Not the best light for pictures over here on the Coast these last few weeks, so don't look real close... We get this perpetual gloom thing happening. You know, the part where the street lights stay on all day, ugh!
Here's a couple of more shots from the top of Haleakala Volcano on Maui.
I found this on the web today and it got me to thinking about Hawai'i. (It doesn't really take much you know)
6 Reasons Hawaii Will Ruin Your Life
Maybe you've only been to Hawaii once. Maybe you come every year. Or maybe you come any chance you can get.
Regardless of your time spent in Hawaii, this list serves as a warning. And those of you who have ever left the Honolulu International Airport with tears in your eyes and that stinging, lump feeling in your throat, you'll understand why.
Because falling in love with Hawaii isn't easy. In fact, it turns your whole world upside down.
Below, the 6 reasons you should never fall in love with Hawaii if you ever want a chance at a normal life anywhere else:
1. Home will never feel like home again Your own bed will never be as comfy as that lazy Sunday afternoon, dozing off in the sand atPapailoa Beach. And your favorite morning coffee spot? It's got nothing on youracai bowlbreakfast ritual that left you rejuvenated and ready for your next waterfall hike.
2. Who needs a career path? Spend enough time around dramatic cliffs, awe-inspiring valleys and scary powerful waves and your career goals will suddenly seem so insignificant. Who wants a fancy job title anyway? It's not that you've lost your motivation or drive to be successful; it's just that your definition of success has changed. Your goals have less to do with money and more to do with beating your best time up a crater and learning how to do a headstand on a paddleboard.
3. And work ethic? Forget about it. It's your first day back at work after a few weeks on the islands. You look around at the co-workers who you once thought were so interesting and diverse and the buzzing office that once made you giddy with excitement ... and you let out a deep sigh. You spend the rest of your days dreaming about the wonderfully eccentric surf bums you met, the most refreshing cocktail you've ever tasted at apau hanaon the beach, and the uncontrollable urge to applaud the sun just for setting.
4. You will stop appreciating the beauty of your own city.
Sure, at one point you may have appreciated those city lights but now they just seem like a distraction from all the stars in the sky. And all those tall buildings? When compared to the green mountains in your memory, they seem pretty pathetic, not to mention depressing. By the way, where are all the trees? We should definitely be planting a lot more trees here...
5. Your Hawaii stories have stopped being charming and are now just annoying
(I know Tex can relate to this. LOL) Your first few stories about those spontaneous fire dancers at sunset or that 3 a.m. hike up the "Stairway To Heaven" will be fun to hear, but when every sentence starts with, "Well, in Hawaii..." all of your friends will be rolling their eyes. Soon, you'll find that you have less in common with your friends and more in common with those drifters sitting on the sidewalk.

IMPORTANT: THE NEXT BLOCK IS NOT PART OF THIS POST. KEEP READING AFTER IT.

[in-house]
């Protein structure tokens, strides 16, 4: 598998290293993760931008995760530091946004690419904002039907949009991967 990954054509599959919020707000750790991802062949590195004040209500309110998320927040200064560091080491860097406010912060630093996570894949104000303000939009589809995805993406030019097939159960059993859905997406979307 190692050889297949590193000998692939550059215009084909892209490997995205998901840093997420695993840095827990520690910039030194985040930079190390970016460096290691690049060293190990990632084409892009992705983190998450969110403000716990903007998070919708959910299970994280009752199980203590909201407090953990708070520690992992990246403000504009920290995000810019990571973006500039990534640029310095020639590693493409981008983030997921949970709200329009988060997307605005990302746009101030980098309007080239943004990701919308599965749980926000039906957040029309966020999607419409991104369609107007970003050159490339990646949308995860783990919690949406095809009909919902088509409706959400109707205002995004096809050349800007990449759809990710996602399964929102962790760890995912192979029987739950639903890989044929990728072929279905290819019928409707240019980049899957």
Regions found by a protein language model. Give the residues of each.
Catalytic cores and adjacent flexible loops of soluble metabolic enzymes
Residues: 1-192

And yes, your neighbors are tired of hearing you play the same songs over and over again on your ukulele.
6. Eventually (after you've finally made the big move), your family and friends will hate you
Well, not really. They'll think you hate them. They'll say that you have abandoned them for a care-free breezy life in Hawaii and they'll always refer to you as "the free spirit that ran away to the islands."
But you won't really care. After all, you've fallen in love with Hawaii, which means it will still be worth it, every day, when you look out to the horizon during the "golden hour" and watch the sky change a thousand different colors. "Yes," you'll say to yourself then, "I am so very lucky to live Hawaii."
Seems hard to believe that another year has rolled by and it is Turkey Day again. Looking back at old photos of Turkeys gave me a chuckle. In the photo above we have a Rio Grande wild turkey cautiously feeding in the undergrowth. Country Cousin didn't get that ground dragging beard and large body size being careless!
Early Morning Forage!
Fresh off the roost from the branches of a tree where they spent the night, these big old Toms are ready for breakfast!
And then we have the City Dwellers! Seems to me caution and being wary was thrown to the wind! Just happened to glance over the the back fence and across the street. Here's a whole herd of wild turkeys casually strutting across the neighbors yard! They need to remember where they came from and take a lesson from their country cousins. Be wary or risk being the centerpiece of a Thanksgiving Meal!
I'm back to digging through the old files once again. It's too cold to go outside and take photos here, at least for me anyway.
These were taken in 2005 with a Sony 5mp point and shoot at the top of Haleakala Volcano on Maui, elevation 10,023 feet. It's the only place you can go on Maui and see snow.
In retrospect, the little point and shoot automatic didn't do too bad of a job, especially since I was in shorts and a t-shirt, freezing my rear end off and barely able to hold the camera still since I was shaking so much from the cold.
I am going to go back though. Next time I will have a pair of long pants and a jacket!
This is an HDR image made from five shots taken at a nearby lake. For the one or two of you that might be interested, this was taken with the Nikon D800 and after stacking the five images the file size was 1.24 GB!